Sounds like you are a beginner, running on dreams. Good for you! Do it!
Make sure its a FUN boat to sail. If its not fun, its tough to put up with the sometimes extreme discomfort and pain. So avoid most boats that are called cruisers.
Make sure its a very, very SIMPLE boat. Everything on a boat, from the most trivial cotter pin to the most hideously complex and failure prone diesel
(not simply the engine
, but all the stuff absolutely essential to that engine), needs maintenance
, needs attention, and if you don't see the hidden crevasse corrosion
in that stainless steel
thingamajig (shroud, toggle, rudder
post, ...) then your life will truly suck when it fails "without warning." Only consider very, very simple, rudimentary boats. Every single
thing, every piece of "turn key world cruising equipment" will make you weep.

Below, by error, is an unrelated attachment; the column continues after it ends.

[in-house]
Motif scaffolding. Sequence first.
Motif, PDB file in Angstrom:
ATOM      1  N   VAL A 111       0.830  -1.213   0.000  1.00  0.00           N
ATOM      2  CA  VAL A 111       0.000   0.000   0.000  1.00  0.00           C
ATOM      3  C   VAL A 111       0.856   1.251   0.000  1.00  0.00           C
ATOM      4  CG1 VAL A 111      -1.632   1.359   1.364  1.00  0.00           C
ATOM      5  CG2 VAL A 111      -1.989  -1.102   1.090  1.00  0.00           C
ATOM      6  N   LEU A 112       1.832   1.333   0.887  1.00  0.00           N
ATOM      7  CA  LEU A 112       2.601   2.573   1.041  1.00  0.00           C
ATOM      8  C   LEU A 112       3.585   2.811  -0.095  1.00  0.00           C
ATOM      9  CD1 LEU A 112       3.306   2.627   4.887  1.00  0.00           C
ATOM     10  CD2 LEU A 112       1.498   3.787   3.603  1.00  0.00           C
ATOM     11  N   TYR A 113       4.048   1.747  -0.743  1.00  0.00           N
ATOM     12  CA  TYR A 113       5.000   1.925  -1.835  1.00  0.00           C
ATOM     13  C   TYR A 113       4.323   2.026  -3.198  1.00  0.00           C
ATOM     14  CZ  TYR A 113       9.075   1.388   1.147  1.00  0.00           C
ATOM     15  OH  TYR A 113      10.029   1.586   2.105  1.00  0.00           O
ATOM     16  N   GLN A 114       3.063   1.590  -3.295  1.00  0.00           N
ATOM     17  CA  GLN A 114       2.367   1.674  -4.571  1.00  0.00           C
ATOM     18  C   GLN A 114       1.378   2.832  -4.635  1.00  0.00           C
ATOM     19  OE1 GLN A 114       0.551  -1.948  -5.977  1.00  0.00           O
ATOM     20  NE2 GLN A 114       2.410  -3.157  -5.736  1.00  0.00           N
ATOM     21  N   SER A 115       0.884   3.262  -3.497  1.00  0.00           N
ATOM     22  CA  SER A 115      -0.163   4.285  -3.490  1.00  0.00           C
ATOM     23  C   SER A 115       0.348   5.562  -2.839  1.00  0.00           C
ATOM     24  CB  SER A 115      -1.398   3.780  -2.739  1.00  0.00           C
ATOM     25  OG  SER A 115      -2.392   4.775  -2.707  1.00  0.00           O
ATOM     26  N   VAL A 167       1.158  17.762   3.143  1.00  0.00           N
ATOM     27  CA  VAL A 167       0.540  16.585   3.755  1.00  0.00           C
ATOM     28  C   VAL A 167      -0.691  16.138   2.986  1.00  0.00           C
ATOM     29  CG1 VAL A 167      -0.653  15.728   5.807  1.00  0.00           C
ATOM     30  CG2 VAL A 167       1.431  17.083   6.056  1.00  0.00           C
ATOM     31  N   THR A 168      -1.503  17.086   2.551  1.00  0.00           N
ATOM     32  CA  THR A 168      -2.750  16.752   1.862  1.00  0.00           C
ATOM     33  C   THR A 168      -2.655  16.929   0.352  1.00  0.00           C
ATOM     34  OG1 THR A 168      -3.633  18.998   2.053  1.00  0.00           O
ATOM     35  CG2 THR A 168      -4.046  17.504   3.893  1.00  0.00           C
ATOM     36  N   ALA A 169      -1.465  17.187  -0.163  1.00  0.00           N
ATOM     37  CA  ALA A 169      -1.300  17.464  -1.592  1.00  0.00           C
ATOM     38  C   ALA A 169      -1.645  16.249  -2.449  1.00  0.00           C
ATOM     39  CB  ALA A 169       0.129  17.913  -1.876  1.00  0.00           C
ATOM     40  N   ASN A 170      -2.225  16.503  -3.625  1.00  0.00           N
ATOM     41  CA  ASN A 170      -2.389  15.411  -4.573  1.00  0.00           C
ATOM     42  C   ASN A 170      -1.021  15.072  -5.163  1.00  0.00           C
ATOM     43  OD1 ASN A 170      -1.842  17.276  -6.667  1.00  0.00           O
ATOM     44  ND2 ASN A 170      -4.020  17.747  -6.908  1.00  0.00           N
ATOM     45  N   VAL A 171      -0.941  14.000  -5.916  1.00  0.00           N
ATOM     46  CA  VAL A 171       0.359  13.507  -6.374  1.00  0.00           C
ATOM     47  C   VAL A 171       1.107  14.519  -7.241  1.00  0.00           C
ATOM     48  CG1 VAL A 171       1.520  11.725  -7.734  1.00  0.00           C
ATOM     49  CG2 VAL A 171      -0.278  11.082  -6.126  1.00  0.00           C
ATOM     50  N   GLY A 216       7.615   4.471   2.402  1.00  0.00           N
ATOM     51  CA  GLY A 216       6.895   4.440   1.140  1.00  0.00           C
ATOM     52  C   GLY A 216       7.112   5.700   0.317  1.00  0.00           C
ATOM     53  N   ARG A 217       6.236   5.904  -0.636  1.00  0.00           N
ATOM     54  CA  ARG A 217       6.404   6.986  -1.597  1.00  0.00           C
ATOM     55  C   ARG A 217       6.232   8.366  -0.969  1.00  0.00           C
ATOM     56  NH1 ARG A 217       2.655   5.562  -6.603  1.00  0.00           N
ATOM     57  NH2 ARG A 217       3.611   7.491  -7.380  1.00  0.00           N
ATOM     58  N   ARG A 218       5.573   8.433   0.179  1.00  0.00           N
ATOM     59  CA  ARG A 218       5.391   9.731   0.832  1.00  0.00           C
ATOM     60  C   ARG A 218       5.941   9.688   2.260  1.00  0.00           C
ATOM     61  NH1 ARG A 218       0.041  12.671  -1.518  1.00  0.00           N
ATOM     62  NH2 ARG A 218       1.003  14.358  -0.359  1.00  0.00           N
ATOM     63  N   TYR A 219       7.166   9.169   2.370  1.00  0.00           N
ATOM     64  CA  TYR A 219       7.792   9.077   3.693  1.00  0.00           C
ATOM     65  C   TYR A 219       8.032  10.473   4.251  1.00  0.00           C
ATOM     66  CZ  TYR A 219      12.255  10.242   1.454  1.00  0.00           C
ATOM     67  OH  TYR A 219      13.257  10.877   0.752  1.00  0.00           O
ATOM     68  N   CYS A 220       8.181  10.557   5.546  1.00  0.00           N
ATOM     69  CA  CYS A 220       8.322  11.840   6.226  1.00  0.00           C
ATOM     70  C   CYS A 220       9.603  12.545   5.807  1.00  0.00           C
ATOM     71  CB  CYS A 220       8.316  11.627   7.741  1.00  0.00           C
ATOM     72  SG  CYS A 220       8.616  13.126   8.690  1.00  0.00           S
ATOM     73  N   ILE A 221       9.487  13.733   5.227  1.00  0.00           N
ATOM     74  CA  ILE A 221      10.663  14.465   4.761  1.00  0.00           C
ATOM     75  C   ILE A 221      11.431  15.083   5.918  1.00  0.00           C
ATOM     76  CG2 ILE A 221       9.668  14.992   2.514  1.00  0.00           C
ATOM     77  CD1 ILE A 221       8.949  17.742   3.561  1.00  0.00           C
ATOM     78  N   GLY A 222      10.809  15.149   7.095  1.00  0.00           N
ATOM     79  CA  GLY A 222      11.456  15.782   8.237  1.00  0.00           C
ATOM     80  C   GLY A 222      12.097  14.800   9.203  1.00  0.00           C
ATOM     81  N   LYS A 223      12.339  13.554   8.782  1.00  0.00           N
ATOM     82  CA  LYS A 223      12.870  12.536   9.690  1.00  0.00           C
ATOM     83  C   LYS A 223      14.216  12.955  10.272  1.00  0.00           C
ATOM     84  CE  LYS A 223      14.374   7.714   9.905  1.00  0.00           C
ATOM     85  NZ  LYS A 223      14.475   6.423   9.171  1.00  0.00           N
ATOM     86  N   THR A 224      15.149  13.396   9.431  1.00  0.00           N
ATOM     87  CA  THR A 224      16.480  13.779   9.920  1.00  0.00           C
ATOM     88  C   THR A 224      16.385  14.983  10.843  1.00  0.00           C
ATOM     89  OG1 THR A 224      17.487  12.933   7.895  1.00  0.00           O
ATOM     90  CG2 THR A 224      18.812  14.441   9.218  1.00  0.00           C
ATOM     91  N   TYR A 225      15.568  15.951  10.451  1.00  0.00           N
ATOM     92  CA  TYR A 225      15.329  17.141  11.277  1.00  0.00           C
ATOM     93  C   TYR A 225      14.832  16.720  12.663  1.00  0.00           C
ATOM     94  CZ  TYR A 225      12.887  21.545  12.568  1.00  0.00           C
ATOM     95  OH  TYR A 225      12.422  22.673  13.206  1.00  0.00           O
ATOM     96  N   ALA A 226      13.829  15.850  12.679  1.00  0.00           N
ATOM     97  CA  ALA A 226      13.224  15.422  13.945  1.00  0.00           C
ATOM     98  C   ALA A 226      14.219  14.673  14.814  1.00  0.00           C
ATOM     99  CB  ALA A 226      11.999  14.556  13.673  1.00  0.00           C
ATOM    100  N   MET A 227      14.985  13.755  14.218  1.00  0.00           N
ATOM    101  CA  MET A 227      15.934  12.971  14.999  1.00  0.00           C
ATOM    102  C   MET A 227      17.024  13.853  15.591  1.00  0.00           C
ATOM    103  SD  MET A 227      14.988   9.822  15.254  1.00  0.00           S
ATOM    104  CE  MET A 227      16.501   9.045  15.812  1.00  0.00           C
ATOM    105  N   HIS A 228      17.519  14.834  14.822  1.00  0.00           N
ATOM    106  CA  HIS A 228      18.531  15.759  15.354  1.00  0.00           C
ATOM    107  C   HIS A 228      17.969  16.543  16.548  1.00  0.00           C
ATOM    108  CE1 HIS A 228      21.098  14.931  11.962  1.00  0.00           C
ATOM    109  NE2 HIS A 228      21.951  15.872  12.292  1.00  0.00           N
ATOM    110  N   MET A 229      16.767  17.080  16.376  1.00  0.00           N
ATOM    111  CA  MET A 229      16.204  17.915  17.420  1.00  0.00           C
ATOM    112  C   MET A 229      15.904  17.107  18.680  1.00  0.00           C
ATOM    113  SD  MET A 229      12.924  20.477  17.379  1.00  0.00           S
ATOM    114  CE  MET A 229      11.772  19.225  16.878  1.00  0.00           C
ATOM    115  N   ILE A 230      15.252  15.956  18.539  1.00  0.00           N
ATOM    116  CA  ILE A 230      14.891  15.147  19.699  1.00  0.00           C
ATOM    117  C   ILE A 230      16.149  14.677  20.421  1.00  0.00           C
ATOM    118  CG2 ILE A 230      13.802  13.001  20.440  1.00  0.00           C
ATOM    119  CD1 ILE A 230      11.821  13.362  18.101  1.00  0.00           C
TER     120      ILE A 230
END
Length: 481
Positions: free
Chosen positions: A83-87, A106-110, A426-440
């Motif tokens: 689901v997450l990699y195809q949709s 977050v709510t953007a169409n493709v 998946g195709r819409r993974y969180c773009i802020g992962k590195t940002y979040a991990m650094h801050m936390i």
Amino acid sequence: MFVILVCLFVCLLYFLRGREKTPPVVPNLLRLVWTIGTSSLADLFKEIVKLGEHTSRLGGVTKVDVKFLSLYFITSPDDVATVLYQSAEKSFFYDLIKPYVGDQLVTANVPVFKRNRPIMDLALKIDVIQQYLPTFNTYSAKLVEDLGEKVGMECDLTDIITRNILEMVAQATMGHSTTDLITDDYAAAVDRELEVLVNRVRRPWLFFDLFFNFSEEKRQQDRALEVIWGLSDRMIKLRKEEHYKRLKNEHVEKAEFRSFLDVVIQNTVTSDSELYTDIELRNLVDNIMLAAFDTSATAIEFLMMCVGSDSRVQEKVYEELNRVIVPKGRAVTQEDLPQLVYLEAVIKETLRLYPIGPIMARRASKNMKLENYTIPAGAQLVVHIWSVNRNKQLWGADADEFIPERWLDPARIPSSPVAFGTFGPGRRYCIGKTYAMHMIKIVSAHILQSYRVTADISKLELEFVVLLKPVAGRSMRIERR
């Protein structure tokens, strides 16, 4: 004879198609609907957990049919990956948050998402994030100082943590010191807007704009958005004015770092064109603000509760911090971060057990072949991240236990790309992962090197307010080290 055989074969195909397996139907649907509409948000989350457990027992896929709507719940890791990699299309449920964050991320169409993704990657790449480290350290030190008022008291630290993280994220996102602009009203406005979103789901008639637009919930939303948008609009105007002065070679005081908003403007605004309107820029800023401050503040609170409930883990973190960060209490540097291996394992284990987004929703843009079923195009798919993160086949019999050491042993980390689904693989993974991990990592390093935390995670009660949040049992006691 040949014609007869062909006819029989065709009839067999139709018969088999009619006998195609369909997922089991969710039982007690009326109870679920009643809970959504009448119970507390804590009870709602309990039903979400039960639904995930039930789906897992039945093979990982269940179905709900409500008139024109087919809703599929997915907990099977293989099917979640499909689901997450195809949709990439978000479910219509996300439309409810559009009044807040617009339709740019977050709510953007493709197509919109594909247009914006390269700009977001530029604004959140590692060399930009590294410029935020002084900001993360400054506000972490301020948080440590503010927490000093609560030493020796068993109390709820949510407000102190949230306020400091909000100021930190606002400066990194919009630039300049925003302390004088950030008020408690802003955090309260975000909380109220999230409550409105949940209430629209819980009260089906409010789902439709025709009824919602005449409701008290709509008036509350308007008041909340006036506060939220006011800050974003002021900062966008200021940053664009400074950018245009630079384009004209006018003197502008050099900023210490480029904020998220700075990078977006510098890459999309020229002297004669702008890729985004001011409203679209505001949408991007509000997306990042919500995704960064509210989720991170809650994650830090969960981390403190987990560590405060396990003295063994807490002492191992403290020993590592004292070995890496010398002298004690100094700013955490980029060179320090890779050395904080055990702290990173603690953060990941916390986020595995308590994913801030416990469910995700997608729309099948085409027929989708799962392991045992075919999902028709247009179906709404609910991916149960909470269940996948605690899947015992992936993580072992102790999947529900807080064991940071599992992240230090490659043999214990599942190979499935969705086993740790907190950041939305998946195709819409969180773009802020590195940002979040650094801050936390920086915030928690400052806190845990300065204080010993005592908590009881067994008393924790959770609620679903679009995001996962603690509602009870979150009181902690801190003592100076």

Make sure it is in as PERFECT condition as you can find. Do not ever, ever, buy a project
. A boat can be in better than new condition at any age. The cost to keep a boat in better than new condition is never realized at selling time, so getting a well loved, perfect boat is the only kind of deal to close. Consider absolutely nothing else, no matter how little money
Respect your budget. Buy perfect in your budget. Never, ever buy for size. A tiny boat can be sailed around the world. A boat bigger than you can afford will end up rotting at anchor
, a total piece of s--t that will embarrass and pain you to the bottom of your soul, if it does not literally kill you.
If your budget is tight, as it seems to be, think like someone who is hiking the Pacific Coast Trail. Don't think like someone who intends to go yachting to Monaco.
Then GO. Its wonderful, the best way to live.